This article first appeared in Aviation Week & Space Technology.
This week's NATO summit was supposed to serve as a catalyst to drive missile defense activities forward in Europe. But with Washington still defining its policy stance, the brakes are being put on expectations.
In another key area of alliance concern -- Afghanistan -- U.S. efforts to enlist greater European force commitments are also not likely to materialize, says Robert Hunter, a former U.S. ambassador to NATO and senior adviser at the Rand Corp. The Apr. 3-4 summit in Germany and France comes about six months too early for the Obama administration to have worked out a number of issues, he indicates.
Arms control and disarmament constitute a concern that the alliance's strategic concept needs to address, says German defense minister Franz Josef Young. "We need new initiatives for conventional arms control," he argues.
But for European missile defense efforts, the summit had been regarded as a key venue in which to urge members to embrace the concept of continental defense. The Pentagon's push for a European site for the ground-based midcourse system -- with a radar in the Czech Republic and interceptors in Poland -- would be the centerpiece. But the Obama administration has yet to articulate a clear path forward on the third site, which Russia has strenuously opposed. As a result, the Czech government this month decided not to seek parliamentary endorsement for the radar construction.
In addition, it was hoped that working groups would be asked to study architectures for expanding the alliance's current emphasis on theater missile defense into a network covering all of Europe, and to begin cooperatively developing key new components such as early warning systems and interceptors. A German military official has warned that without U.S. sites in Europe, there would be no missile defense shield built on the continent.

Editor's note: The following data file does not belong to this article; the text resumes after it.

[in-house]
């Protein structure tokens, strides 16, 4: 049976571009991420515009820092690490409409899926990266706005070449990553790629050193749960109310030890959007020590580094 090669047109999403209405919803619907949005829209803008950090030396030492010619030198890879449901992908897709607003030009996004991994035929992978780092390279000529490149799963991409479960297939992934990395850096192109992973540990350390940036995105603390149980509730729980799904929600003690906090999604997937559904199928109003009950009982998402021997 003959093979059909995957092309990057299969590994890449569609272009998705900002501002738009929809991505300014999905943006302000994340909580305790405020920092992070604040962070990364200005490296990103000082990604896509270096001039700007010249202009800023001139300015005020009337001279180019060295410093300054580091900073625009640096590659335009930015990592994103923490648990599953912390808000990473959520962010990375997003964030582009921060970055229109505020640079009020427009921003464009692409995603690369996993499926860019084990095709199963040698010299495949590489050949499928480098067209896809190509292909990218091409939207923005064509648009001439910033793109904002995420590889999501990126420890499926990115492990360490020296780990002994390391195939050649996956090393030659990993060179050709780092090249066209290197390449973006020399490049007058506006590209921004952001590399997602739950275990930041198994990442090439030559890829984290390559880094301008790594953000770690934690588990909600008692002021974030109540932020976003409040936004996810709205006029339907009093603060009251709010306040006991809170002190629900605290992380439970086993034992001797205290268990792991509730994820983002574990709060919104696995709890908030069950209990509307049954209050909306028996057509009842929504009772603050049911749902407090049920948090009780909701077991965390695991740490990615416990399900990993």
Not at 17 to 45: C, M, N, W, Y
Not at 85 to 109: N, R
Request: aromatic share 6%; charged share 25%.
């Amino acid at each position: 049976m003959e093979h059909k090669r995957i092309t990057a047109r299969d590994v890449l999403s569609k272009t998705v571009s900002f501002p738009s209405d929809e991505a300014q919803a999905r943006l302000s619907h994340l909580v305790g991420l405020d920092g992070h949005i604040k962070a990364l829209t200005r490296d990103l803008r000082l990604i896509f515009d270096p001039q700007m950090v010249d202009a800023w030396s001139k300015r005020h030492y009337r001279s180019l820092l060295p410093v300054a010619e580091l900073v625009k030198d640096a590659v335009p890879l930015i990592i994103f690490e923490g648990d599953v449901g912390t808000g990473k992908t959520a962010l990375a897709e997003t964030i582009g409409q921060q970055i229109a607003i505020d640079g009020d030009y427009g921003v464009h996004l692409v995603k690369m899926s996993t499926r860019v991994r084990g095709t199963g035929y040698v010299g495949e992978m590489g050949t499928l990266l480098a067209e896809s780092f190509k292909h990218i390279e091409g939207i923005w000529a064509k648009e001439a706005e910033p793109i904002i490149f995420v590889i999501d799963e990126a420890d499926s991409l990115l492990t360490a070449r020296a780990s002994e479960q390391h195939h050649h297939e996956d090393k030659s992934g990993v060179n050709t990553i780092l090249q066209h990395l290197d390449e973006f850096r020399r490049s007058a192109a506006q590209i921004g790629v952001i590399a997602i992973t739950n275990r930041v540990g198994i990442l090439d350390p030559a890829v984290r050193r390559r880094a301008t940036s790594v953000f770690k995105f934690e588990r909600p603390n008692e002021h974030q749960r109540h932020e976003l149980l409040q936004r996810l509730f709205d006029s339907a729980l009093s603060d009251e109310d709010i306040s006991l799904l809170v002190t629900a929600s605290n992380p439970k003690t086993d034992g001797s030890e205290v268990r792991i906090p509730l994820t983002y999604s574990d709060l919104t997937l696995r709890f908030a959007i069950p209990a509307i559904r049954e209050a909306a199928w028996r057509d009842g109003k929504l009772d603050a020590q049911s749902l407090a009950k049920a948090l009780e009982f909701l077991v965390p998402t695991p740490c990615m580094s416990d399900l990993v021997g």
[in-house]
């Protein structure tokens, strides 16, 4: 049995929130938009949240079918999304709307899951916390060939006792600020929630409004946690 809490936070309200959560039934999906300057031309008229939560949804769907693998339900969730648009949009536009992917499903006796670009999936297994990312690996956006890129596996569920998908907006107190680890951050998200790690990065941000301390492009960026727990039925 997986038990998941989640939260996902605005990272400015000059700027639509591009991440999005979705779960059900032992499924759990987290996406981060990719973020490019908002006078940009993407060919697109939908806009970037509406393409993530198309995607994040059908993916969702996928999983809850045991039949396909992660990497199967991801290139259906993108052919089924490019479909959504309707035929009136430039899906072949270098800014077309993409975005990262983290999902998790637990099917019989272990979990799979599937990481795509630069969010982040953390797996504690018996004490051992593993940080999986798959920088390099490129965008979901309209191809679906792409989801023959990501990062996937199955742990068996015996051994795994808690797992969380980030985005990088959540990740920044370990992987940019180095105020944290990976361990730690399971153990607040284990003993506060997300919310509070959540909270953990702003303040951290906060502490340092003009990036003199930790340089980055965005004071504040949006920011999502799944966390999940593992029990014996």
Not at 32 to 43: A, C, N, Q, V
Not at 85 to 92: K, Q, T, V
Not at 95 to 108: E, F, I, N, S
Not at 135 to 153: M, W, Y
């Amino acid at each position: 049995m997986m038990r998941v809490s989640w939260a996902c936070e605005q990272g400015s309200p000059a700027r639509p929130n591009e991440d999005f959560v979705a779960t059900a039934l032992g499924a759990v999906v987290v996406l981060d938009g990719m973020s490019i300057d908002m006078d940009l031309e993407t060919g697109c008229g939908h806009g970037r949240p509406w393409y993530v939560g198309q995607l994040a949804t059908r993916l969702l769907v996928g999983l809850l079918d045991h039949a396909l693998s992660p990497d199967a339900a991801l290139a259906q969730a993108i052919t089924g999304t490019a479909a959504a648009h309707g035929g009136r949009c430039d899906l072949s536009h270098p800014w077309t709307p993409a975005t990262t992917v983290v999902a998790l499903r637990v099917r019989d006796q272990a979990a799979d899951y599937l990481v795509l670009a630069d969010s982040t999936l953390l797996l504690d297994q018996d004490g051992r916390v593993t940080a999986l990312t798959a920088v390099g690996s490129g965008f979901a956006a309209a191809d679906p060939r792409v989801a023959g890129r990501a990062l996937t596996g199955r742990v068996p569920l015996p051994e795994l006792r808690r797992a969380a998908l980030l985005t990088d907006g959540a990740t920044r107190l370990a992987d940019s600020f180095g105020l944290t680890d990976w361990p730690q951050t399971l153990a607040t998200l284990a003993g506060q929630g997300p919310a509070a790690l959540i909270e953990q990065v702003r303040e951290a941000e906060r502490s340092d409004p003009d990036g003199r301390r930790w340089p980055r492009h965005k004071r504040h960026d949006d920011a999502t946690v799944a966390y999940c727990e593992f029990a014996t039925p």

However, not everyone shares that assessment. "Dropping the third site would have no impact from a capability standpoint; there are other solutions available," says Richard Deakin, senior vice president of Thales Air Systems Div., although he concedes there would be political repercussions from the U.S.'s backing away from the so-called third site (augmenting those in Alaska and California).
"We think BMD [ballistic missile defense] will be less important in Strasbourg than initially expected," says MBDA CEO Antoine Bouvier. "The likely result," he notes, is that there will be more of a focus on expanding air defense capability to cover a range of new threats, using a building-block approach, rather than a pure BMD program. MBDA is pursuing a dual-track approach, with the Aster 30 Block 1 for the SAMP/T system providing a capability against short-range ballistic threats. The Aster Block 2 design, with its high endoatmospheric-intercept capability, would be able to counter medium-range weapons.
Bouvier suggests that Aster Block 2 would be capable of engaging weapons such as the SS-26, which follows a flattened trajectory and can begin terminal maneuvers at altitudes of roughly 25,000 meters (82,000 ft.).
The Block 2 missile is intended to be compatible with both land and naval launchers for the Aster 30.
France, which is expected to fully return into the NATO structure, is stepping up its interest in missile defense. In contrast, European efforts are largely fractured, with countries having been unable to agree on a common approach. That leaves European governments charting different courses.